LED Lighting

A light emitting diode, or LED, is light source that is generated by electrons passing through a semiconductor material.
Credit: GE

LEDs are a type of solid state lighting that is more efficient than most incandescent or fluorescent lighting because it emits light in a specific direction without a great deal of heat loss.

LEDs vs. CFLs

Compact fluorescent light bulbs, or CFLs, last about 8 to 15 times longer than incandescent bulbs, which have a life of between 1000 and 2000 hours (or 42 to 84 days, if on for 24 hours a day). ENERGY STAR, the Environmental Protection Agency’s program for rating energy efficient appliances, requires that their labeled CFLs have a life of at least 6,000 hours, though many exceed this requirement. In fact, the average lifetime for an ENERGY STAR labeled CFL is 10,000 hours.

In comparison, LEDs last between 25,000 and 100,000 hours. ENERGY STAR rated models have lifetimes that are 35-50 times longer than incandescents and 2-5 longer than CFLs.

Despite the fact that LEDs last much longer than CFLs, they are less popular than their counterparts. Consumer Reports released a study in August 2012, which found that while 90% of Americans have replaced their incandescent lighting with more efficient bulbs, such as CFLs and LEDs, almost 75% of consumers have purchased CFLs.

In another lighting study, Precision Paragon found that in 2012, 10.3% of lighting professionals believed they would mostly use LEDs for lighting retrofits, while 84.3% thought they would mostly use linear fluorescent bulbs.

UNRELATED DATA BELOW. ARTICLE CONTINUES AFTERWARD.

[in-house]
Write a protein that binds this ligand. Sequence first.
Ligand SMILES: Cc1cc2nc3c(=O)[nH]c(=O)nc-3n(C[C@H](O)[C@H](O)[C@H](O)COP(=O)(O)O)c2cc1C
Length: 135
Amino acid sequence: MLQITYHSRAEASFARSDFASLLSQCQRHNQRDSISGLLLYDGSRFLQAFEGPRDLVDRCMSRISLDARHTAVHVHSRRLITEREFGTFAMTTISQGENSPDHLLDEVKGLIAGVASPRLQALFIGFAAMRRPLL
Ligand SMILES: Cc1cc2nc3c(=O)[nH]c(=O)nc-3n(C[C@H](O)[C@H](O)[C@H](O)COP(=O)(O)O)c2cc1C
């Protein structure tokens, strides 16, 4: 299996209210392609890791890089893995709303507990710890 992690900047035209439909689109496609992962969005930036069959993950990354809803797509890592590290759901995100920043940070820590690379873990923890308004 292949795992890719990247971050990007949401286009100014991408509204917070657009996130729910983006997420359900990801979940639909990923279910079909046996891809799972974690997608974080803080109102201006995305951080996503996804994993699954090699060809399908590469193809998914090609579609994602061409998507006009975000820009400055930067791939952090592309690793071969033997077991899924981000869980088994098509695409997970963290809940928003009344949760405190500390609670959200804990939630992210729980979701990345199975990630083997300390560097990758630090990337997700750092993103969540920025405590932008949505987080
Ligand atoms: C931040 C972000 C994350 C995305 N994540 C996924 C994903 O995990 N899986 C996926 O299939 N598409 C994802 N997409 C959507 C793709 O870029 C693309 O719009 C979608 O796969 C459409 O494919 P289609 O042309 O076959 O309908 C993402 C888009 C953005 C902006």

CFLs are more popular than LEDs because of the lower cost. According to Consumer Reports, high quality CFLs cost $1.25-18, while LEDs cost $25-60. While LEDs cost more upfront, they actually save more money over their lifetime, though - a CFL saves about $60 during its life, while an LED will save $130. Even the cheapest $25 LED lasts 75% longer than an incandescent bulb.

This scenario will most likely change in coming years, as LEDs are expected to drop in cost over the next decade. A study from Pike Research estimates that LEDs will replace 52% of the global market for lighting in commercial buildings by 2021, due to lower prices and increased efficiency.

Payback Period of an LED

When replacing your lightbulb with an LED, an important metric for measuring the benefits is the length of the payback period. The shorter the payback period, the sooner you will see the financial benefits of your investment. The payback period of an LED retrofit will depend on the price of electricity in your area and the cost of the LED. If either of these are high, it will increase the payback period.

Let’s try a sample payback period calculation. Say you’re replacing a conventional 60 W incandescent light bulb with an ENERGY STAR rated LED - the Philips EnduraLED 12.5 W. Since 12.5 W is about 20% of 60 W, the EnduraLED is about 80% more efficient than the incandescent.

Say you use the incandescent light bulb for 5 hours per day. It will use 300 Watt-hours per day (60 W x 5). Over the course of 365 days (or one year), it will use 109,500 Watt-hours per year. Divided by 1,000, this is 109.5 kilowatt hours (kWh) per year.

If the electricity in your area costs $0.10 per kWh, then the incandescent bulb costs $10.95 to run annually (at 5 hours per day).